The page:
The nursing field extends many opportunities to be a very important part of the health care team. Nursing involves direct patient contact and varied skills and abilities. A nurse has a unique opportunity to ensure that they care for a patient’s comforts and needs, and can make a difference in every patient’s life. Various challenging opportunities are available under the broad category of nursing. A wide range of career opportunities is open to registered nurses. Many nurses choose to specialize once within the field of nursing. One specialized field that nurses can go into is nurse anesthesia. As anesthesia specialists, certified registered nurse anesthetists administer more than 65% of the twenty-six million anesthetics given to patients each year.
They have licensed and certified registered nurse anesthetists in all fifty states. To become a nurse anesthetist, it is necessary to first become a registered nurse. There are four ways to become a registered nurse. It is possible through a two-year community college, earning an associate’s degree in nursing, or through a three-year hospital-based nursing school, earning a diploma. Other possible ways include a four-year university program, resulting in a Bachelor’s of Science degree in nursing, or the B.S.N., as it is commonly called. For those who have a bachelor’s degree in another subject, there is a generic master’s degree in nursing, a two or three-year program beyond the bachelor’s degree. In the future, the B.S.N. is being considered the minimum qualification for a satisfying career. The two-year associate’s degree and the hospital-based diploma programs are rapidly closing around the country, and student nurses are being encouraged to enroll in four-year universities.
Prices start at $12
Prices start at $11
Prices start at $12
Nursing education includes classroom instruction and supervised clinical experience in hospitals and other health facilities. Students take courses in anatomy, physiology, microbiology, chemistry, nutrition, psychology, and other behavioral sciences, and nursing. Corse work also includes liberal arts classes. Hospital departments provide supervised clinical experience in pediatrics, psychiatry, maternity, and surgery. Several programs include clinical experience in nursing homes, public health departments, home health agencies, and ambulatory clinics.
The nurse anesthetist is an essential part of the surgical team. They are highly skilled and highly educated specialists who, under the direction of a physician, administer anesthetics to patients for all types of surgery.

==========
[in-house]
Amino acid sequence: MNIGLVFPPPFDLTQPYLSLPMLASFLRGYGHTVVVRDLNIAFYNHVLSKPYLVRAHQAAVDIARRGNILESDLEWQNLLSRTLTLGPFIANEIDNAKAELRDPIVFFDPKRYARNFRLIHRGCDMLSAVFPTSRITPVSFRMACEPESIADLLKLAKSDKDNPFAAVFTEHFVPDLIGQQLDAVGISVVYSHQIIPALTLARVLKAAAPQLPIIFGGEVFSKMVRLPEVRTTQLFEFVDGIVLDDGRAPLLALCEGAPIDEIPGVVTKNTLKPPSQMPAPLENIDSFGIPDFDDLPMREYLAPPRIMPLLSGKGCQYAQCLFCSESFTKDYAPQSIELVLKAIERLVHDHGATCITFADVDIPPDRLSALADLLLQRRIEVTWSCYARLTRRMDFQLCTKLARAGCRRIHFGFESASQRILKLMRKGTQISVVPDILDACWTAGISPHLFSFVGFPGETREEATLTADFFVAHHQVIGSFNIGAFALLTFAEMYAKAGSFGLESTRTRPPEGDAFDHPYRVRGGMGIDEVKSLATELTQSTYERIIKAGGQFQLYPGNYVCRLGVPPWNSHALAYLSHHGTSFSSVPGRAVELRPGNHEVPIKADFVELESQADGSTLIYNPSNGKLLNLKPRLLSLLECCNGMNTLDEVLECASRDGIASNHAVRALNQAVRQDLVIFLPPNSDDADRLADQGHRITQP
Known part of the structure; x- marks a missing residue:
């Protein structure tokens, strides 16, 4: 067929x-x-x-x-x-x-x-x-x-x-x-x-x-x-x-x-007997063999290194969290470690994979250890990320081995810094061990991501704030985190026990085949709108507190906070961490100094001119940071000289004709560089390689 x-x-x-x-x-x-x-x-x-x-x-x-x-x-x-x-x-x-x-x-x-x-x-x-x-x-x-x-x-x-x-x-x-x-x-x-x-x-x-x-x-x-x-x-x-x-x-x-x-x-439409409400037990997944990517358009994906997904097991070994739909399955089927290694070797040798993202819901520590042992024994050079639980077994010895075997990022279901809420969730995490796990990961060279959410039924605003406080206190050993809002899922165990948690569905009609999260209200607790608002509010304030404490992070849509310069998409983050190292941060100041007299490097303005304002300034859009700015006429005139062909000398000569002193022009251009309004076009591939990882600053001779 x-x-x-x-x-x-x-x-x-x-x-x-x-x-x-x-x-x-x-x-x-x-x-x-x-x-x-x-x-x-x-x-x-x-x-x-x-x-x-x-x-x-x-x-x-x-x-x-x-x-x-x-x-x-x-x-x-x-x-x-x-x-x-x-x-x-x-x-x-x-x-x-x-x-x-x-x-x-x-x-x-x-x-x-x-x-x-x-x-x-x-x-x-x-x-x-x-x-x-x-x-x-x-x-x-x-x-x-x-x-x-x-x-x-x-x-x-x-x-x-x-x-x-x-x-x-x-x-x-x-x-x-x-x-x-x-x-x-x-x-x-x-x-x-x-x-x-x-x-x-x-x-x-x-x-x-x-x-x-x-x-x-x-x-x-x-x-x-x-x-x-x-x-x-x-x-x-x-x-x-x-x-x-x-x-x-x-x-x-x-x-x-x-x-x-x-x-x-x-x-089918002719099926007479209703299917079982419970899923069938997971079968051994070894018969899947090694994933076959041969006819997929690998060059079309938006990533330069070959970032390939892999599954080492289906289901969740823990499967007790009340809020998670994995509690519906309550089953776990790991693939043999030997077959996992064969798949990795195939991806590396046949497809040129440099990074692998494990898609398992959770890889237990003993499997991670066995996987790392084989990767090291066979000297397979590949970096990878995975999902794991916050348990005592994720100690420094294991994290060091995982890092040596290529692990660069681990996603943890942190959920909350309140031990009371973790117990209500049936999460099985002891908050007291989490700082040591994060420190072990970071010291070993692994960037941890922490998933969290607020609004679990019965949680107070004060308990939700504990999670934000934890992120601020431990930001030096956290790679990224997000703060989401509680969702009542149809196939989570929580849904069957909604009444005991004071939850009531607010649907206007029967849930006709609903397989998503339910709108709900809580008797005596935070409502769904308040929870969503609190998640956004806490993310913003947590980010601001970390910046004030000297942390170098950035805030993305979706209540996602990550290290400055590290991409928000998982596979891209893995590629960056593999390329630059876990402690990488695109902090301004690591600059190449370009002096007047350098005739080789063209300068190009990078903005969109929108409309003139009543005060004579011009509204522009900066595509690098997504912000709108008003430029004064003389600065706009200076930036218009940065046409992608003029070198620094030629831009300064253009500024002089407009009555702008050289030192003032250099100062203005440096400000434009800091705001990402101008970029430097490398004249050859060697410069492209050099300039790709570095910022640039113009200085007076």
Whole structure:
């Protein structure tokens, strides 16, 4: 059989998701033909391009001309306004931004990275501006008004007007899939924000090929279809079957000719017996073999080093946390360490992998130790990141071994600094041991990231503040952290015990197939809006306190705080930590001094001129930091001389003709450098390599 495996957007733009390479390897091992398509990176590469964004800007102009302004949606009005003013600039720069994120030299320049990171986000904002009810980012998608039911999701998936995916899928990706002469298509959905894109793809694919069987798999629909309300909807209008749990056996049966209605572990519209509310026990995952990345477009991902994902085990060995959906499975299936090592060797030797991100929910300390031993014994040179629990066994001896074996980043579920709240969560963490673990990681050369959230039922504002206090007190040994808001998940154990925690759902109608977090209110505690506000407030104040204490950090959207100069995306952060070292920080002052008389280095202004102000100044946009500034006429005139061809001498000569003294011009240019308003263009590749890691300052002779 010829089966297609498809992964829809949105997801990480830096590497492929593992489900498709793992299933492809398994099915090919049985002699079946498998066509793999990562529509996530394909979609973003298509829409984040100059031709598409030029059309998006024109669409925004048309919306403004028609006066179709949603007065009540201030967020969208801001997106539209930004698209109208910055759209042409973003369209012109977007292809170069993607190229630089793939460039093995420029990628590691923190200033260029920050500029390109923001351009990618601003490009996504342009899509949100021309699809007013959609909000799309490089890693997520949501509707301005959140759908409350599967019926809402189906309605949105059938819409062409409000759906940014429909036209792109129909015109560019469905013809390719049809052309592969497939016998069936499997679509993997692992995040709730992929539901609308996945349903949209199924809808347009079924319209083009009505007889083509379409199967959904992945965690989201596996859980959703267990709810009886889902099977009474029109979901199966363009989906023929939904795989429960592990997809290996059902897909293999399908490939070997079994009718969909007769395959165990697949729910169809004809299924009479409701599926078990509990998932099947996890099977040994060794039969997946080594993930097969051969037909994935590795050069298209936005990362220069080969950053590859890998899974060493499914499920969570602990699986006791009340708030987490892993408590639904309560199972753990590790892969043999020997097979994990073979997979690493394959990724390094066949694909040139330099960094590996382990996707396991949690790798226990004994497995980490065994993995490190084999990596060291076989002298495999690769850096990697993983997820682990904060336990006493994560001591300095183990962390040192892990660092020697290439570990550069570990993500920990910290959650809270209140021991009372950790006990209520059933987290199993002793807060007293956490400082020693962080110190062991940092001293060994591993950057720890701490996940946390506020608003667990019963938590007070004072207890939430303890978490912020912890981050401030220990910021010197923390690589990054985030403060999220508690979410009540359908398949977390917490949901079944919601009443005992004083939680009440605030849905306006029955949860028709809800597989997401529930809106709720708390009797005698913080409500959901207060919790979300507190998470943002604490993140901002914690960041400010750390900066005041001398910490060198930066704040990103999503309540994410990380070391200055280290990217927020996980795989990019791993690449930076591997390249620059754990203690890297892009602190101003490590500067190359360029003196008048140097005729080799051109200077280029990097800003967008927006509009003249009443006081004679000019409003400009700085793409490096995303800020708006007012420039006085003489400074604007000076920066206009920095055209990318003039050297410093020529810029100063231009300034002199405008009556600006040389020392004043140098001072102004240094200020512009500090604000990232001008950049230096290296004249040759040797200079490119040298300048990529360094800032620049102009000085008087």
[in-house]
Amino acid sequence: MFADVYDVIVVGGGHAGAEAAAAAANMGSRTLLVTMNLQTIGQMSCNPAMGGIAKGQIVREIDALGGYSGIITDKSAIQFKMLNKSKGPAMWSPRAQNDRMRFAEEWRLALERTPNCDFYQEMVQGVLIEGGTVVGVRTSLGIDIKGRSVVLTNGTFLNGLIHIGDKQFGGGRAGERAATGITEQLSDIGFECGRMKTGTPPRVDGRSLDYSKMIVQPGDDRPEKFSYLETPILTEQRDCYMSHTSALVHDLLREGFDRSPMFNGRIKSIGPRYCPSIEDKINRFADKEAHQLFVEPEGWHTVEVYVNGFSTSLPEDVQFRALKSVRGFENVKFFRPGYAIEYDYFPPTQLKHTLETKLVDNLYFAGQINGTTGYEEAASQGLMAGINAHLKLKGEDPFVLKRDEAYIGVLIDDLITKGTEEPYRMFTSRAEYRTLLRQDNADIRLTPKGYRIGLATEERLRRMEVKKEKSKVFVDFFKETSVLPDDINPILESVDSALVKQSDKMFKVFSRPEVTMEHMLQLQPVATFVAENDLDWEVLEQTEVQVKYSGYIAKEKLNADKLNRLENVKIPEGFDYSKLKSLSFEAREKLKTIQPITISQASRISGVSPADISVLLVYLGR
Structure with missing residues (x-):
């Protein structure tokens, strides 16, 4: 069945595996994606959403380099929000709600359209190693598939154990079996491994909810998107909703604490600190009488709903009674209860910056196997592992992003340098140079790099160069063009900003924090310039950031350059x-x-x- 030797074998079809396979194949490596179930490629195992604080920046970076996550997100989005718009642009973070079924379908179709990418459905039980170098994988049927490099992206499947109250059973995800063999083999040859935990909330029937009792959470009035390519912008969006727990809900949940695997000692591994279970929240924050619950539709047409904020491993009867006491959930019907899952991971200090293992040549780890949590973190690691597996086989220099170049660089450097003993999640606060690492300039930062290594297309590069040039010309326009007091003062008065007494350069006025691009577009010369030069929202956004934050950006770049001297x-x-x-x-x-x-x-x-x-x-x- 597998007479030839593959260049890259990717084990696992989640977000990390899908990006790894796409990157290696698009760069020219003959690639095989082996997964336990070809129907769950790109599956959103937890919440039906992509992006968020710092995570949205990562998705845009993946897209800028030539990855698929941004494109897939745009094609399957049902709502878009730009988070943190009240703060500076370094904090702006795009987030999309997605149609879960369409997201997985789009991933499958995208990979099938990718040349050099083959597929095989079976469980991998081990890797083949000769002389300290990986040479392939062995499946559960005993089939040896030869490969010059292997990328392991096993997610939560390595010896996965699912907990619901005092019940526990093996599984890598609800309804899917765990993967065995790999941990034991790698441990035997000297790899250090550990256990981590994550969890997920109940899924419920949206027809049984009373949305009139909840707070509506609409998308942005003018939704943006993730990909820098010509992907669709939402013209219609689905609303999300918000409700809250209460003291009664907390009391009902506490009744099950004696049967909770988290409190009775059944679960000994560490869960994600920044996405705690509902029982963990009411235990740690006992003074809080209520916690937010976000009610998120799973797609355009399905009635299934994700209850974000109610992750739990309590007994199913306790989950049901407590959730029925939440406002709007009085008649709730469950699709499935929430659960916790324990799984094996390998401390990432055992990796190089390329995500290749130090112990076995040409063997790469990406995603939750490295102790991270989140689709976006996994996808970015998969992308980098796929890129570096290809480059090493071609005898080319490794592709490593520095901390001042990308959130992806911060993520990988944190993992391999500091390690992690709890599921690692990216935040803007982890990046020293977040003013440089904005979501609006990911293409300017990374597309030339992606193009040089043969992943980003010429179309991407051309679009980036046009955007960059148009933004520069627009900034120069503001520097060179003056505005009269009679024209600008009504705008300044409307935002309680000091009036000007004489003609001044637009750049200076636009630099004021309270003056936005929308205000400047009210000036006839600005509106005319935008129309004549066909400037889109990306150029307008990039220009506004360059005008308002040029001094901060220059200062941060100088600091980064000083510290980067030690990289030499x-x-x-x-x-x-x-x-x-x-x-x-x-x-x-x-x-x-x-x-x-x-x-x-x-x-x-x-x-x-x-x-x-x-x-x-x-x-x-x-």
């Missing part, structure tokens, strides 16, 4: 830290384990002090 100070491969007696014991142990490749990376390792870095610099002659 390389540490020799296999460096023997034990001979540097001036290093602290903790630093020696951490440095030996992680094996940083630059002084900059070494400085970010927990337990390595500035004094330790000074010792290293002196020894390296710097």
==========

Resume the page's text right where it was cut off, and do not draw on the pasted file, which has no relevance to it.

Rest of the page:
The nurse anesthetist prepares for a medical procedure by setting up assigned operating rooms with necessary equipment and supplies, meeting with assigned patients, and by completing necessary preoperative procedures. Preoperative procedures may include administering medication, hooking up the patient’s IV, and connecting the patient to a life support system. When the patient goes into the operating room for their surgery, the CRNA administers either a general or local anesthetic to the patient. They also practice in the obstetrics department, with psychiatric patients, in the respiratory therapy department, the emergency room, and in dental offices. Attention to vital signs and changes in the patient’s condition is one important function of the nurse anesthetist. This is a field in which the nurse-patient relationship is critically important.
The CRNA has to apply physiologic and psychologic principles with sensitivity while also employing technical skills and theoretical knowledge. The nurse anesthesia programs range from twenty-four to thirty-six months in length and encompass an academic and clinical practicum on a college degree level. The classroom curriculum emphasizes anatomy, physiology, pathophysiology, biochemistry, chemistry, physics, and pharmacology as they relate to anesthesia. All programs must offer a Master of Science degree or higher beginning in 1998. All programs require a four-year college degree in science or nursing, and at least one year of acute care nursing experience before entry. Schools usually define acute care as intensive care, coronary care, and emergency/trauma care. Once a student has completed their educational work, the nurse is eligible to take a national certification examination and become a certified registered nurse anesthetist.
Laws also require continuing education every two years for recertification. Nurse Anesthetists work with physicians, nurses, and other health care professionals in well-lighted, air-conditioned, and surgically clean surroundings. They wear a surgical gown, cap, and mask while administering the anesthetics. Nurse anesthetists may need to lift, move, and position patients receiving anesthetics. While they are administering the anesthetic, they may stand or sit in one position for long durations of time. Certified registered nurse anesthetists are very much in demand and have many opportunities throughout the united states. The demand will continue to be excellent through the year 2010. This occupation is one of a group of registered nurses estimated to grow more than 33 percent. Reflecting on the amount of responsibility, nurse anesthetists are one of the best-paid nursing specialties. The reported average salary in 1997 was approximately $86,000. The middle 50 percent earned between $74,700 and $90,300. An article in the September 21, 1992, issue of Fortune magazine included nurse anesthetists among the top 20% of income earners in America.